CAIRO - Protesters flooded Cairo's Tahrir Square on Friday in the second giant rally this week, angrily vowing to bring down a draft constitution approved by allies of President Mohammed Morsi, as Egypt appeared headed toward a volatile confrontation between the opposition and ruling Islamists.
The protests have highlighted an increasingly cohesive opposition leadership of prominent liberal and secular politicians trying to direct public anger against Morsi and the Islamists - a contrast to the leaderless youth uprising last year which toppled autocrat Hosni Mubarak.
The opposition announced plans for an intensified street campaign of protests and civil disobedience and even a possible march on Morsi's presidential palace to prevent him from calling a nationwide referendum on the draft, which it must pass to come into effect. Top judges announced Friday they may refuse to monitor any referendum, rendering it invalid.
Protesters gather in Tahrir Square in Cairo, Egypt, Friday. Giant crowds of protesters packed Cairo's Tahrir Square and marched in other cities Friday vowing to stop a draft constitution that Islamist allies of President Mohammed Morsi approved hours earlier in a rushed, all-night session without the participation of liberals and Christians.
Demonstrators march under a banner resembling an Egyptian flag in Tahrir Square, where liberal and secular parties are holding major protests against Egyptian President Mohammed Morsi's latest decrees, Friday.
If a referendum is called, "we will go to him at the palace and topple him," insisted one protester, Yasser Said, a businessman who said he voted for Morsi in last summer's presidential election.
Islamists, however, are gearing up as well.
The Muslim Brotherhood, from which Morsi hails, drummed up supporters for its own mass rally Saturday. Islamists boasted their turnout would show that the public supports the push by the country's first freely elected president to quickly bring a constitution and provide stability after nearly two years of turmoil.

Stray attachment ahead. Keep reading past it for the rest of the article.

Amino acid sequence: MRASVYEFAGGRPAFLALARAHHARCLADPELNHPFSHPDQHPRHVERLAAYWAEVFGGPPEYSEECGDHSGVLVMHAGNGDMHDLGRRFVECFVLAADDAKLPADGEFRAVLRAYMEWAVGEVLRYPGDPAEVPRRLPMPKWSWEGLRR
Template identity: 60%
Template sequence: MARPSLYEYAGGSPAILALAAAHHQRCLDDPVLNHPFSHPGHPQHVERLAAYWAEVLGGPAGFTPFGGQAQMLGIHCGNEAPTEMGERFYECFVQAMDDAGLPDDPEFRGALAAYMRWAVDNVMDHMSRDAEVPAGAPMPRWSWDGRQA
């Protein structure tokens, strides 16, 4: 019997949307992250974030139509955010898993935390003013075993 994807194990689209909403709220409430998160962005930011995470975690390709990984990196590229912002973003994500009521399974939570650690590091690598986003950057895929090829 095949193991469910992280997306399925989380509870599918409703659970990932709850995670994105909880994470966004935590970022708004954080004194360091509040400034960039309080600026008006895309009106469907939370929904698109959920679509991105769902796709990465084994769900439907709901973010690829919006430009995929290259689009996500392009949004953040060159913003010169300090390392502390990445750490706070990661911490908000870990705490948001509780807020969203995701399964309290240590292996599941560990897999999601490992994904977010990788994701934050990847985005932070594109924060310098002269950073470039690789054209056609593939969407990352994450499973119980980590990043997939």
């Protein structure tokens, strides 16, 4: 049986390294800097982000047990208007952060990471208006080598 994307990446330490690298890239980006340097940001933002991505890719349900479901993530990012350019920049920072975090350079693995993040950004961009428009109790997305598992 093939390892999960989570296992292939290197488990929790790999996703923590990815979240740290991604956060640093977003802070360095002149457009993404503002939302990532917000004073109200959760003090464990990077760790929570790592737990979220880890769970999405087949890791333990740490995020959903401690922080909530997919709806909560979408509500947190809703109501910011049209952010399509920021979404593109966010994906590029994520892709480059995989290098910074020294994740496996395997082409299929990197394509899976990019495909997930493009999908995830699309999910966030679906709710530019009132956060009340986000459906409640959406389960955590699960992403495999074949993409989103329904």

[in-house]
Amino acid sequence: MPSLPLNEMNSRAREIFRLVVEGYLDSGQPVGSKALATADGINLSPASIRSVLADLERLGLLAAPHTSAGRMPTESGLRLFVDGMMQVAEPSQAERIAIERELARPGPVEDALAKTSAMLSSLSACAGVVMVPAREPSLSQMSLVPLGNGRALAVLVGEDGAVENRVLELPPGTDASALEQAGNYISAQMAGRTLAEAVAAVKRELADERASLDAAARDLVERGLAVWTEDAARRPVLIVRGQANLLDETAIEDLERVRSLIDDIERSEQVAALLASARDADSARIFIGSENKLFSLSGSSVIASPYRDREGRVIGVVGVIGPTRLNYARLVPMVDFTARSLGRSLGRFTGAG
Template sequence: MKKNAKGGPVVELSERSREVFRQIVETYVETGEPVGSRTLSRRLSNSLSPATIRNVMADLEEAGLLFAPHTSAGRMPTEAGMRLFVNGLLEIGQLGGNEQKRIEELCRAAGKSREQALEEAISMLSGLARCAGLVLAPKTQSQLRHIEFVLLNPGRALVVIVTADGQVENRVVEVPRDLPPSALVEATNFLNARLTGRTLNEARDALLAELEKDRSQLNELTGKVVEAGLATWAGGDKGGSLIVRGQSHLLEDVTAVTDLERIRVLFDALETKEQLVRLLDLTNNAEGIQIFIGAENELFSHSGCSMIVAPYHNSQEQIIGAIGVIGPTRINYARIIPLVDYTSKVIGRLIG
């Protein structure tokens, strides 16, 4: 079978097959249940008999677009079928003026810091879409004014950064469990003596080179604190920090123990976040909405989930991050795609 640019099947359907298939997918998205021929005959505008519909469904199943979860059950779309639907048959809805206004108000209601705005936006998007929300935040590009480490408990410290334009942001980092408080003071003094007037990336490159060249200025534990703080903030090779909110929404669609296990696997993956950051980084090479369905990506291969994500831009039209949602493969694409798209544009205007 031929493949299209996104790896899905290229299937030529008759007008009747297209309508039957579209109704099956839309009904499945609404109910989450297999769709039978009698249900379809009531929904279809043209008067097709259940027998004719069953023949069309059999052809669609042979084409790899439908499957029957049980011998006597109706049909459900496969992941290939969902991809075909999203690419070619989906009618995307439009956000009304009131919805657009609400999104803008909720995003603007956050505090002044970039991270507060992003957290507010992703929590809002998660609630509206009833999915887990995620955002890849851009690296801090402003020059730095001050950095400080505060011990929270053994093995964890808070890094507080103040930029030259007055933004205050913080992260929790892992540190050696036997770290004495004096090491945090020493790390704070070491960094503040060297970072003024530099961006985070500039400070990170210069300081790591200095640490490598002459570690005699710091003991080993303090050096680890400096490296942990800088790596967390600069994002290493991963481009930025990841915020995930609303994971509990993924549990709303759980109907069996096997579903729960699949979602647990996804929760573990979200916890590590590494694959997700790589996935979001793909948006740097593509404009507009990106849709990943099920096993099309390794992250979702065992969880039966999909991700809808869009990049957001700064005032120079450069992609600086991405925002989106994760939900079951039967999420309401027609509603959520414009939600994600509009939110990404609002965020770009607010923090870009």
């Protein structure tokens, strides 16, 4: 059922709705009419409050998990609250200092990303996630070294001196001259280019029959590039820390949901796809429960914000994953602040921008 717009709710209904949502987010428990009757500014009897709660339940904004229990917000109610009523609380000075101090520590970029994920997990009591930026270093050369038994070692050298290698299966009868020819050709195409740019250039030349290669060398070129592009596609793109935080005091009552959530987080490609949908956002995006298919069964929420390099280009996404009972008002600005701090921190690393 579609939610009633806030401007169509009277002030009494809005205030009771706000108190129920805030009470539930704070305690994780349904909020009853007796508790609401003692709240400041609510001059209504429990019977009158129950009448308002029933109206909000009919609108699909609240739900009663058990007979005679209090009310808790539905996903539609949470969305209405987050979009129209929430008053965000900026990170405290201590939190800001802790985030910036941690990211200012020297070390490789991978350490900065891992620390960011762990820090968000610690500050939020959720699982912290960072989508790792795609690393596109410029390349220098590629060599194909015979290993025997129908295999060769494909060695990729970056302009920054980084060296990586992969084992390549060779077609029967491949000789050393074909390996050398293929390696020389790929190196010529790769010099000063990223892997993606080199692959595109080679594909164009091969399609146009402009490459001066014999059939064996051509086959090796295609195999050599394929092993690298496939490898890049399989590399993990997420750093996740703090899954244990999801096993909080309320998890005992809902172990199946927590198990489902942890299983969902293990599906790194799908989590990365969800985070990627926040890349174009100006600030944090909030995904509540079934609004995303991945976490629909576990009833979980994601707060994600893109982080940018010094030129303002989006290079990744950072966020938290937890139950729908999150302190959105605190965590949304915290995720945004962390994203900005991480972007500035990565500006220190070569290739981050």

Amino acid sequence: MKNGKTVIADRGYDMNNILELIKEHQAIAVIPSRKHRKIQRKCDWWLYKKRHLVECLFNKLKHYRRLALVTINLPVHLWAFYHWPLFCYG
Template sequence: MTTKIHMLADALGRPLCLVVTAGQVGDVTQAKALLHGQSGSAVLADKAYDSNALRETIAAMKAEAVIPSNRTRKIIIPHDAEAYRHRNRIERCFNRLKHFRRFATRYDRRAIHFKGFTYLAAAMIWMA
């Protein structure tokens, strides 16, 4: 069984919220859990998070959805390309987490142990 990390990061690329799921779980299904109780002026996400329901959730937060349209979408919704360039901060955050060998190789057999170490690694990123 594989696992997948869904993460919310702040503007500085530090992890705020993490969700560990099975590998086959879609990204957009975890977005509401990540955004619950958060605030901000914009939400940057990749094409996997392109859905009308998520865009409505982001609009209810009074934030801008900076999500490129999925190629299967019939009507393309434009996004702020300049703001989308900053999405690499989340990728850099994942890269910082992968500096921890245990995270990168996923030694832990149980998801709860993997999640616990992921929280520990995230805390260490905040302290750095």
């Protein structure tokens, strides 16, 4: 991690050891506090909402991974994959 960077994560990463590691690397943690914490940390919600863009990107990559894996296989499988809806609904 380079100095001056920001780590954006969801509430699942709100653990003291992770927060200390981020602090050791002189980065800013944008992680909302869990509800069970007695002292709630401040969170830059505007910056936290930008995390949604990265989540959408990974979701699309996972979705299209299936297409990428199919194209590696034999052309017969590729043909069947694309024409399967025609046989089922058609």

Brotherhood activists in several cities passed out fliers calling for people to come out and "support Islamic law." A number of Muslim clerics in Friday sermons in the southern city of Assiut called the president's opponents "enemies of God and Islam."
The week-old crisis has already seen clashes between the two camps that left two dead and hundreds injured. On Friday, Morsi opponents and supporters rained stones and firebombs on each other in the Mediterranean city of Alexandria and the southern city of Luxor.
The Islamist-led assembly that worked on the draft for months passed it in a rushed, 16-hour session that lasted until sunrise Friday.
The vote was abruptly moved up to pass the draft before Egypt's Constitutional Court rules on Sunday whether to dissolve the assembly. Liberal, secular and Christian members and secular members had already quit the council to protest what they call Islamists' hijacking of the process.
The draft is to be sent to Morsi on Saturday to decide on a date for a referendum, possibly in mid-December.
The draft has a distinctive Islamic bent - enough to worry many that civil liberties could be restricted, though its provisions for enforcing Shariah, or Islamic law, are not as firm as ultraconservatives wished.
Protests were first sparked when Morsi last week issued decrees granting himself sweeping powers that neutralized the judiciary. Morsi said the move was needed to stop the courts - where anti-Islamist or Mubarak-era judges hold many powerful posts - from dissolving the assembly and further delaying Egypt's transition.